The Coroners and Justice Act 2009 represents a two-fold assault upon a free society. By providing Governments with the capability to replace public inquests with secret inquiries, it undermines the transparency and openness of Government. By restricting freedom of expression where there exists no proven harm, it breaches fundamental human rights and risks exposing the UK to international ridicule.
The Coroners and Justice Act 2009 is among the worst pieces of legislation passed by the previous Government. While sections of the Act are primarily “tidying up” exercises and might be preserved, there are two sections of the act that are not compatible with any reasonable ideal of a free society.
The first of these relates to the ability to establish a secret judicial inquiry in place of a public inquest. It is true that in many cases public inquests lack credibility. It is also true that there is, on occasion, a need to preserve the secrecy of information vital to national security. However, the provisions of the Coroners and Justice Act go far beyond these legitimate concerns. The answer to the lack of credibility associated with public inquests does not lie in further secrecy; furthermore, the nature of inquests means that information critical to national security will very rarely, if ever, be exposed.
The other unacceptable provision of this act relates to the criminalisation of the possession of pornographic non-photographic materials depicting minors. Photographic and video child pornography is a genuine horror and its possession and circulation are rightly subjected to strict criminal penalties. While this is a restriction upon the freedom of expression, there is a clear and pressing justification; each image portrays an act of genuine abuse, and is the product of real and sickening suffering on the part of a child. However, in its zeal to be seen as “tough” on such materials, the previous Government allowed itself to be swayed by self-interested lobby groups, and introduced legislation which casts a great deal of doubt upon the legality of material whose production has involved absolutely no human suffering, and whose content is, in a majority of cases, entirely non-pornographic. The importance of comic books and animation, both in their home-grown format, and in the imported form of anime and manga, to both popular and high culture has increased in recent years. The provisions of the Coroners and Justice Act 2009 carry a risk of criminalising the possession of material that is considered acceptable, and even of artistic merit, in most of the developed world. The vagueness of the act leaves much of the interpretation to police forces and the judiciary, but this can hardly be considered a satisfactory situation.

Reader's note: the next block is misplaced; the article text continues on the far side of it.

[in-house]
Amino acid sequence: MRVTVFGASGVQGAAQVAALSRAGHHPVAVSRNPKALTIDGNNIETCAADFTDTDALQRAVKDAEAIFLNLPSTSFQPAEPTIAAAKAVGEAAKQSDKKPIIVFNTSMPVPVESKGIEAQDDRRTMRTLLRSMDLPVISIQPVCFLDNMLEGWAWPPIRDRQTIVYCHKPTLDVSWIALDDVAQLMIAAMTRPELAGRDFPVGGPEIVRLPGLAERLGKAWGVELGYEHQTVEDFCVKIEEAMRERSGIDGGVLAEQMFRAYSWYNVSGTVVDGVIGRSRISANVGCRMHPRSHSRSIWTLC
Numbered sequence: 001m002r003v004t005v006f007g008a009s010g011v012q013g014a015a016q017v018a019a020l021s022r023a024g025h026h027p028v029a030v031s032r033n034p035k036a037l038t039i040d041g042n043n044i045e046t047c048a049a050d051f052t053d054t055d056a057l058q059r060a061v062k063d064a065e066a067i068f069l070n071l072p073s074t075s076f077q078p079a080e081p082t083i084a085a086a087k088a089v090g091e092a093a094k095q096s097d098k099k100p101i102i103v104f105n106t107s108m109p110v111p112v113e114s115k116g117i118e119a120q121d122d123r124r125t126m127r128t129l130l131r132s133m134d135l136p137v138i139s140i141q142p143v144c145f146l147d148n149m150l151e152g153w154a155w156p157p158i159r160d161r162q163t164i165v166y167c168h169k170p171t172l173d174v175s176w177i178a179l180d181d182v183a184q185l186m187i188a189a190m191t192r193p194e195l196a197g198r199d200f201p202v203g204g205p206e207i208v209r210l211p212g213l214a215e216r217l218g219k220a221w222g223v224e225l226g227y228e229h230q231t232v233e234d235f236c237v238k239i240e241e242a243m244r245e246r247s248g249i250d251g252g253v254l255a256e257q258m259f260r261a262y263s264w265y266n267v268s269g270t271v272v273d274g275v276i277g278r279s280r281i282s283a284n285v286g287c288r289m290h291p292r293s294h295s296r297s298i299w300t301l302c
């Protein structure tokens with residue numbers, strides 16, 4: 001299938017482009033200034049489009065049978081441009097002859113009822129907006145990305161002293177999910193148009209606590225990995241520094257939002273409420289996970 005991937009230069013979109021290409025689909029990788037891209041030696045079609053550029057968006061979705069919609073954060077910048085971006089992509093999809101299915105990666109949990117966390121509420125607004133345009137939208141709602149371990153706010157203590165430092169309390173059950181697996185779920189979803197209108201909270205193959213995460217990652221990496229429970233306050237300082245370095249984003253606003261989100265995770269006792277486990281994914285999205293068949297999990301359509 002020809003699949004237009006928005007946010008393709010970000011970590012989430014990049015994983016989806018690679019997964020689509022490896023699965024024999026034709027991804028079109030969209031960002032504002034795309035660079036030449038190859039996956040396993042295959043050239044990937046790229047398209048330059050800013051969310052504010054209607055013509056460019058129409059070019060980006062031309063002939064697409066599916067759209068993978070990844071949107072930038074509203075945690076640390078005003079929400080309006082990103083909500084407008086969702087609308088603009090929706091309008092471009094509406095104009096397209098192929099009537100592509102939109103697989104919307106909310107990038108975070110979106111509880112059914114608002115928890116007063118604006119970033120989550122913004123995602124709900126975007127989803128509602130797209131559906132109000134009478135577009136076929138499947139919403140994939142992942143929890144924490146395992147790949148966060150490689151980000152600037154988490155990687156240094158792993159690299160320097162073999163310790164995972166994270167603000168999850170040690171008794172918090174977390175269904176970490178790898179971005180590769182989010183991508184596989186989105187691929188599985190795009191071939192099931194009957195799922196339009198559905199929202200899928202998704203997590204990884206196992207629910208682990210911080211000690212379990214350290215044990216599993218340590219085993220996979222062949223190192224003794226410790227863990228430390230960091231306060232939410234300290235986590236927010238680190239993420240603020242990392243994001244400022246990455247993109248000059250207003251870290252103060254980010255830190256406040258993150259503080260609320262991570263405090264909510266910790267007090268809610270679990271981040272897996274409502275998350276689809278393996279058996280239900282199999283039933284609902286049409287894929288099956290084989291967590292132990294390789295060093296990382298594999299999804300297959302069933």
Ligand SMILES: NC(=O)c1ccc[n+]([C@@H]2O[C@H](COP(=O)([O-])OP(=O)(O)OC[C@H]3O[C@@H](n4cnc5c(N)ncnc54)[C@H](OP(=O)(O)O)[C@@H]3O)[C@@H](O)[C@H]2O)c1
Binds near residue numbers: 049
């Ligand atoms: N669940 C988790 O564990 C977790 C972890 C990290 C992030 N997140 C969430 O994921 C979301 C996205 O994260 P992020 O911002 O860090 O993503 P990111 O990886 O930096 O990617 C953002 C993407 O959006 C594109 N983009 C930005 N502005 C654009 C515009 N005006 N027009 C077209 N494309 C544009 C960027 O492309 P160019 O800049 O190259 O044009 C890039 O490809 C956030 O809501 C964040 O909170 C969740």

Other provisions of the Act are less offensive. The tidying up of laws relating to sedition and libel have some use, and could legitimately be retained. The same applies to the provisions relating to witness anonymity in criminal trials where intimidation is a real concern; the safeguards in place to preserve the rights of the defendant appear, in this case, to be sufficient.